Helping an Excited Chocolate Lab Learn to Stay Calm and Listen to His Owners

By: David Codr

Published Date: September 25, 2014

Max (Choc lab)Max is a one-year-old chocolate lab. His owners contacted me for help with his rambunctious nature; jumping up on them, refusing to follow their commands and getting over-excited when any guests arrived.

After sitting down and discussing the situation with Max’s owners I was convinced that their lack of rules boundaries and structure for the dog had led Max to believe that he was equals to them in terms of authority and rank. I suggested a few rules for them to incorporate that will help get the dog to start to identify as being in a follower position.

Next I suggested that they consolidate the vocabulary that they were asking Max to absorb. It’s pretty common for my clients to assign multiple words for the same command. The smartest dog in the world only knows about 133 different distinct words or commands. When we ask a dog to learn five variations of each command (come, come-here, over-here, dog’s name, comehere-boy, etc) we are making it more difficult for the dog to understand what we say. By only using a single word for each command you make it much easier for your dog to realize what you want.

I also showed them a leash time out technique to stop Max from getting over excited. As soon as he got too excited, I put him on the leash and stepped on it about two feet away from his head. This left just enough room for him to sit comfortably but not to move too far away. At first, Max pulled with all of his might to try to get free. I ignored him and remained standing on the leash for a couple minutes until he settled down. It took about 7-8 minutes, but eventually he calmed himself and a minute later he laid down.

I suggested that they apply the same technique anytime the Max started to get overexcited or too stimulated in the future. By applying the technique the instant that Max passes his midway point of his energy level, his owners will be able to condition him to stay under that energy threshold all of the time.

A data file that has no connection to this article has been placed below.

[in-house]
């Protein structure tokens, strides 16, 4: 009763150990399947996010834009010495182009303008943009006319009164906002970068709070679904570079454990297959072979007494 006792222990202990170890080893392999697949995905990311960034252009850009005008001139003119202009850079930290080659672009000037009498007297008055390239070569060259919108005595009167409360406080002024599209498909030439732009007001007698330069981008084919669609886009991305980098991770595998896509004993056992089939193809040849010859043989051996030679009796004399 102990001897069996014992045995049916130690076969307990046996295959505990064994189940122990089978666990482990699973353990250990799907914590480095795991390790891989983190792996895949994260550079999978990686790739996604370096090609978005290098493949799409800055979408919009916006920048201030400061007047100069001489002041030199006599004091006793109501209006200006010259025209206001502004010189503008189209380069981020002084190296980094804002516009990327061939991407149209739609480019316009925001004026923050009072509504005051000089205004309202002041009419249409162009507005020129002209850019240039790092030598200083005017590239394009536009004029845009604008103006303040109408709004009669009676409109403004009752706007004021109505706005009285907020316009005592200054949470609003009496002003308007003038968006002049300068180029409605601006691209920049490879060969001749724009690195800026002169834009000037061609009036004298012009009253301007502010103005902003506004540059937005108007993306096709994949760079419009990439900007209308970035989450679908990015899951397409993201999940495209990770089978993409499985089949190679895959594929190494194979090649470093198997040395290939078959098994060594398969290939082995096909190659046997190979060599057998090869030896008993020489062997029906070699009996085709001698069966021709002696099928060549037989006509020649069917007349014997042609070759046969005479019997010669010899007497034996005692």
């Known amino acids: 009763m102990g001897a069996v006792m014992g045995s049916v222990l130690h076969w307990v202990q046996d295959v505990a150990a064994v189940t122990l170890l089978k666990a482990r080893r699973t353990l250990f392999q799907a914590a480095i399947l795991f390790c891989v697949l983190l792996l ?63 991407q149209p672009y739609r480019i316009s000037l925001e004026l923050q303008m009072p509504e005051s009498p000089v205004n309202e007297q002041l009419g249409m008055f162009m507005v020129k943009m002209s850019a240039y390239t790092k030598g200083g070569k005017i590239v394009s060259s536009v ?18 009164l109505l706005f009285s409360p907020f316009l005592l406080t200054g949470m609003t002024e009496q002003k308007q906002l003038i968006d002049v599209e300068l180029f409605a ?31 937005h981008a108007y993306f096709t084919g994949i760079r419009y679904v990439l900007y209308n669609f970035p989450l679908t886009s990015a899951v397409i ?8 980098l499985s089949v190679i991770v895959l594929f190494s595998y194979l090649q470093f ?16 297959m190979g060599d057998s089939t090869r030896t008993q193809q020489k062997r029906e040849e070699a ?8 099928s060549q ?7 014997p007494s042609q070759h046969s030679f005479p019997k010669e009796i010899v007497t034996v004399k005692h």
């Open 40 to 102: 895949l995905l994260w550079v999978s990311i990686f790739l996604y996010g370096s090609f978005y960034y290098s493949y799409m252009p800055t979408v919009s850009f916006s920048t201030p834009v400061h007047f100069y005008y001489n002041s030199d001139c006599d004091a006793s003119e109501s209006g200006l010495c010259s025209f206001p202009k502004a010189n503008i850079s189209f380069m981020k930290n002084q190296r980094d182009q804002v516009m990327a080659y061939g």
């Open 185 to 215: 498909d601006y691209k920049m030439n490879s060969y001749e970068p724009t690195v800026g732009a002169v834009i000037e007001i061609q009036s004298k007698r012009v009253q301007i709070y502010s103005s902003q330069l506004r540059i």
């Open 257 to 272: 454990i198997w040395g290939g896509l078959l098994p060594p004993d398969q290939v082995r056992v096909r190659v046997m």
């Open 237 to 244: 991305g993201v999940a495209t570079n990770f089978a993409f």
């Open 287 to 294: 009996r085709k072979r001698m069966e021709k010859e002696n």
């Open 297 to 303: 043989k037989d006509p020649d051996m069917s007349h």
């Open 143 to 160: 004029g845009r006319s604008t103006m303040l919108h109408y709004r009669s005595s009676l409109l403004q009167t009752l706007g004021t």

While this was fairly effective in calming Max, he wasn’t completely calm. Because his owners use a kennel, I demonstrated a technique that uses the kennel to help the dog learn to relax and calm down as well as look to his humans for guidance.

I tossed a high-value treat into the kennel then quietly followed behind Max and stood at the kennel entrance, blocking his exit with my legs. Max shuffled around a bit and tried to exit so I blocked him form doing so. Once Max settled down, I took a small step directly backwards but kept my hips and shoulders facing the kennel door. By leaving the kennel door open, I was able to help Max develop the ability to restrain himself. To do this, each time that Max tried to exit the kennel I immediately moved forward so though I returned to a blocking position in the kennel door.

After a few moments of moving back-and-forth, Max started to understood what I wanted and sat down in the kennel. The second he did this, I took a giant step backwards to communicate thats what I wanted. A minute later Max laid down in the kennel. As soon as he did, I took the step directly backwards again and then took a knee and extend my hand palm upward with a high-value treats in it while repeating his recall command of “come.”

I saw one of Max’s owner’s mouth open with a look of disbelief across his face when he saw his own dog sitting quietly in the kennel despite the fact that I was halfway across the room. I always love getting that reaction from my clients and told him so. He said “it’s like I’m looking at a completely different dog.”

Max is not a bad dog, he just didn’t understand what his owners were asking of him. Now that they know how to better communicate with him and have the tools to keep his energy from spiraling out of control, it should be much easier for them to get the behavior that they’re looking for.

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This post was written by: David Codr

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